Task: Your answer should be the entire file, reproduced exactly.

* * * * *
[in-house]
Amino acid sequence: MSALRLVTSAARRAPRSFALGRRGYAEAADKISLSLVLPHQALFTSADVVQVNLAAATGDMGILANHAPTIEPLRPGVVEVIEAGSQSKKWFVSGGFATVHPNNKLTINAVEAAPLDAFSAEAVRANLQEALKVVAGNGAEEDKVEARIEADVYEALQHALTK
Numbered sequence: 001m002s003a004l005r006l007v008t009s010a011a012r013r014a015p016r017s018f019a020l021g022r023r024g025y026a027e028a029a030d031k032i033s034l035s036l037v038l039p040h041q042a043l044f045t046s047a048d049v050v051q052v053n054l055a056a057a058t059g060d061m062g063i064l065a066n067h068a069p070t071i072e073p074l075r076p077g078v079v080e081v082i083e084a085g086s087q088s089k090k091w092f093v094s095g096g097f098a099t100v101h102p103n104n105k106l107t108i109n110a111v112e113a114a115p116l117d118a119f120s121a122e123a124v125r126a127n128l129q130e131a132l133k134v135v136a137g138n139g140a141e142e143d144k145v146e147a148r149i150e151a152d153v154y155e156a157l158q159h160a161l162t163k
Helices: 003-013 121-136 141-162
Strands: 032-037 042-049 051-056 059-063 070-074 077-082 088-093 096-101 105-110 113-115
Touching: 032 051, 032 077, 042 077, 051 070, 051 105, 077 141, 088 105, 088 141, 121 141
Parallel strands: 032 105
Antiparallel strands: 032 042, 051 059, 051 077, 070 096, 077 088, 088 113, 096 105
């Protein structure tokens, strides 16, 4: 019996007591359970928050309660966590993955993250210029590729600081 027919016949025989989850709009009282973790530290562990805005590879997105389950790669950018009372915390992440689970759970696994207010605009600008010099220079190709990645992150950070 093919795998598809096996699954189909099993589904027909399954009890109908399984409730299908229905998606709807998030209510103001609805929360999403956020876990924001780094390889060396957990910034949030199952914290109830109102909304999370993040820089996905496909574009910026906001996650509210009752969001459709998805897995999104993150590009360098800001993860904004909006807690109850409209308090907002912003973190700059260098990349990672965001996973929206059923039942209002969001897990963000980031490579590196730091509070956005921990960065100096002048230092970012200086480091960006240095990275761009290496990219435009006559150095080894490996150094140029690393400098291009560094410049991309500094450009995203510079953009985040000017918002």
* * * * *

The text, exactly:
[in-house]
Amino acid sequence: MSALRLVTSAARRAPRSFALGRRGYAEAADKISLSLVLPHQALFTSADVVQVNLAAATGDMGILANHAPTIEPLRPGVVEVIEAGSQSKKWFVSGGFATVHPNNKLTINAVEAAPLDAFSAEAVRANLQEALKVVAGNGAEEDKVEARIEADVYEALQHALTK
Numbered sequence: 001m002s003a004l005r006l007v008t009s010a011a012r013r014a015p016r017s018f019a020l021g022r023r024g025y026a027e028a029a030d031k032i033s034l035s036l037v038l039p040h041q042a043l044f045t046s047a048d049v050v051q052v053n054l055a056a057a058t059g060d061m062g063i064l065a066n067h068a069p070t071i072e073p074l075r076p077g078v079v080e081v082i083e084a085g086s087q088s089k090k091w092f093v094s095g096g097f098a099t100v101h102p103n104n105k106l107t108i109n110a111v112e113a114a115p116l117d118a119f120s121a122e123a124v125r126a127n128l129q130e131a132l133k134v135v136a137g138n139g140a141e142e143d144k145v146e147a148r149i150e151a152d153v154y155e156a157l158q159h160a161l162t163k
Helices: 003-013 121-136 141-162
Strands: 032-037 042-049 051-056 059-063 070-074 077-082 088-093 096-101 105-110 113-115
Touching: 032 051, 032 077, 042 077, 051 070, 051 105, 077 141, 088 105, 088 141, 121 141
Parallel strands: 032 105
Antiparallel strands: 032 042, 051 059, 051 077, 070 096, 077 088, 088 113, 096 105
């Protein structure tokens, strides 16, 4: 019996007591359970928050309660966590993955993250210029590729600081 027919016949025989989850709009009282973790530290562990805005590879997105389950790669950018009372915390992440689970759970696994207010605009600008010099220079190709990645992150950070 093919795998598809096996699954189909099993589904027909399954009890109908399984409730299908229905998606709807998030209510103001609805929360999403956020876990924001780094390889060396957990910034949030199952914290109830109102909304999370993040820089996905496909574009910026906001996650509210009752969001459709998805897995999104993150590009360098800001993860904004909006807690109850409209308090907002912003973190700059260098990349990672965001996973929206059923039942209002969001897990963000980031490579590196730091509070956005921990960065100096002048230092970012200086480091960006240095990275761009290496990219435009006559150095080894490996150094140029690393400098291009560094410049991309500094450009995203510079953009985040000017918002």